Hoover Daily Report

Teachers Unions and the Prospects for Better Schools

Monday, September 11, 2000

Anyone who wants to improve our nation’s schools would be wise to ponder a basic fact: that the teachers unions have more influence on the public schools than any other groups in American society.

The unions shape the schools from the bottom up, through collective bargaining. These activities are so broad in scope, and lead to contract rules so numerous and restrictive, that virtually everything about the organization of schools is affected. The unions also shape the schools from the top down, through political action. Their massive memberships and awesome resources give them unrivaled power in the politics of education, allowing them to affect which policies are imposed on the schools by government—and to block reforms they don’t like.

Despite their importance, the unions have not been on reformers’ radar screens. In the hundreds of official reports on school reform published over the last few decades, they have almost always been ignored, as though they are irrelevant to an assessment of problems and solutions.

This is an unfortunate state of affairs. It is especially troubling because union interests are often in conflict with the public interest. The unions are fundamentally concerned with promoting the job security and material well-being of their members, and with increasing the size, financial strength, and power of their own organizations—and these interests can lead them to exercise power in ways that are not good for kids and schools.

The unions push for rules that make it impossible to get rid of bad or mediocre teachers. They push for salary, promotion, and transfer policies that rely heavily on seniority, and have nothing to do with teacher quality. They resist efforts to evaluate teacher performance, and even oppose testing current teachers to see if they are competent enough to be in the classroom.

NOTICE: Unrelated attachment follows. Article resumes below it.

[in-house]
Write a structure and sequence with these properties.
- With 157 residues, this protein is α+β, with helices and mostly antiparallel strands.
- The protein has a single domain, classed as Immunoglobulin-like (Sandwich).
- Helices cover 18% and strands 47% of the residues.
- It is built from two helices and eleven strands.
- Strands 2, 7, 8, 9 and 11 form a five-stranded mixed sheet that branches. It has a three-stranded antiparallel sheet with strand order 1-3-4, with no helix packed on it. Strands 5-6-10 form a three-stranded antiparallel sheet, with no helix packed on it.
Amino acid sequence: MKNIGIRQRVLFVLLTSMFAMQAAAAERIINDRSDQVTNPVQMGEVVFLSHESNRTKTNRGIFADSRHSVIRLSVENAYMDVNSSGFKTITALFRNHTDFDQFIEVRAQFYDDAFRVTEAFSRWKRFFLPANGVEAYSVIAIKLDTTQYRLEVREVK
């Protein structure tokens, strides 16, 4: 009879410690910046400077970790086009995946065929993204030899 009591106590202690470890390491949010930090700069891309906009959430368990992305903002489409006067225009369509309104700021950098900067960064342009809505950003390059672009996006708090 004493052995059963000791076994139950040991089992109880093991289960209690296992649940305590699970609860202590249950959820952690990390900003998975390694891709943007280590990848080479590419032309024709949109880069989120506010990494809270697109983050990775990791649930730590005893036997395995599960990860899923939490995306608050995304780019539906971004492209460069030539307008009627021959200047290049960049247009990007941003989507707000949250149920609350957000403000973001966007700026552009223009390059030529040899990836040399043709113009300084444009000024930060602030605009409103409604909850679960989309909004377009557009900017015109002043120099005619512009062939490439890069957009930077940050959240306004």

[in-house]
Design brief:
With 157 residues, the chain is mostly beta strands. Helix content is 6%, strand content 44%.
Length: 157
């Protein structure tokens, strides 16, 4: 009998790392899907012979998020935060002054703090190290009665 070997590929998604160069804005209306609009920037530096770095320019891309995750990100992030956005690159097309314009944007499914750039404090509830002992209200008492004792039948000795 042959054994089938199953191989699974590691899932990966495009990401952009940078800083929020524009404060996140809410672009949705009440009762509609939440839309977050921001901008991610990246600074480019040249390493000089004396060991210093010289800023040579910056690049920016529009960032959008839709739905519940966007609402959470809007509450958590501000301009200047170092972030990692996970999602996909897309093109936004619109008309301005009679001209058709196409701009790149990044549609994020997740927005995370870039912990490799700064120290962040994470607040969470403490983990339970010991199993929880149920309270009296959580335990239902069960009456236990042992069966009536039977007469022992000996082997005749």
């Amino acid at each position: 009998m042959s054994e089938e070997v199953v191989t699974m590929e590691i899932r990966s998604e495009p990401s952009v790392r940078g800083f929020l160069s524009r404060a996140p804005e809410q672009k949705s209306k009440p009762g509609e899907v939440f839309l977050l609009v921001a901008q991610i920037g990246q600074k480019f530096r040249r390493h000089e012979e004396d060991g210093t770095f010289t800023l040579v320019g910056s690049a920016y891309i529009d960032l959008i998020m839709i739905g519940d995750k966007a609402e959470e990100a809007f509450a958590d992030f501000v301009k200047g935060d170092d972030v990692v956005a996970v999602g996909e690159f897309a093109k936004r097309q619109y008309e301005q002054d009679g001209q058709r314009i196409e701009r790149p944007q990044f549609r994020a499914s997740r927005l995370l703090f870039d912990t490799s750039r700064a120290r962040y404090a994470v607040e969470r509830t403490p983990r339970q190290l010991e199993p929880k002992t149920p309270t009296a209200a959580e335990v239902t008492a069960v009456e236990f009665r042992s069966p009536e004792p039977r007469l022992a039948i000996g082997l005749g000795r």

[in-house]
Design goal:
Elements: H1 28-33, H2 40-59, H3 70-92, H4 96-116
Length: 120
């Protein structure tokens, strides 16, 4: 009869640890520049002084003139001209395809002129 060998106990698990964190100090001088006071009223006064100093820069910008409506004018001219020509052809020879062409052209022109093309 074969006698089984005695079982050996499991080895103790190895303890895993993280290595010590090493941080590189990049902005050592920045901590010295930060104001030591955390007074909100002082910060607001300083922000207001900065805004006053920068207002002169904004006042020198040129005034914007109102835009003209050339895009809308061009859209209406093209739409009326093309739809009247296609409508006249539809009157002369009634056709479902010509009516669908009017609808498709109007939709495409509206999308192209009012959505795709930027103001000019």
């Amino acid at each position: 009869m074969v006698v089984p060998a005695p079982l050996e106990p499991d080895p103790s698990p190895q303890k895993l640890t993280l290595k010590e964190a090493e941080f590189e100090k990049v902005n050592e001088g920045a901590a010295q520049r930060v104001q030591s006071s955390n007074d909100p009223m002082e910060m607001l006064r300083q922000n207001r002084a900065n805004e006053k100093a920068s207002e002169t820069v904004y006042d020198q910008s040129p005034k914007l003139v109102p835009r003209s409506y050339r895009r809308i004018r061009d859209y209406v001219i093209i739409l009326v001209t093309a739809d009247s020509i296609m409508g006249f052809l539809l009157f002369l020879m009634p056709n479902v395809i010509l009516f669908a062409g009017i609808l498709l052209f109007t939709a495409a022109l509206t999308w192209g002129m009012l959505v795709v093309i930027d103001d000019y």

These examples are just the tip of a large and threatening iceberg. Because of the unions, schools have grown bureaucratic and inflexible. And because of the unions, efforts to create a more dynamic and responsive system—mainly through proposals for school choice—have been sabotaged in politics, despite their popularity with parents.

If real reform is ever to come to American education, our leaders must face up to the teachers unions and do what is best for kids and schools. The catch is that many leaders are unwilling to do this—for the unions’ power is very real. Indeed, they have colonized the Democratic Party, whose officeholders and candidates almost never take positions on education that conflict with union interests.

So Americans who want better schools shouldn’t hold their breath. In the near term, especially if the Democrats do well in the coming election, the teachers unions will remain firmly in the driver’s seat—making sure that we don’t actually go anywhere.

Progress will not come easy. But the more Americans are aware of what the teachers unions are doing, the more likely the unions and their political allies will be held to account. And the more likely things will finally change.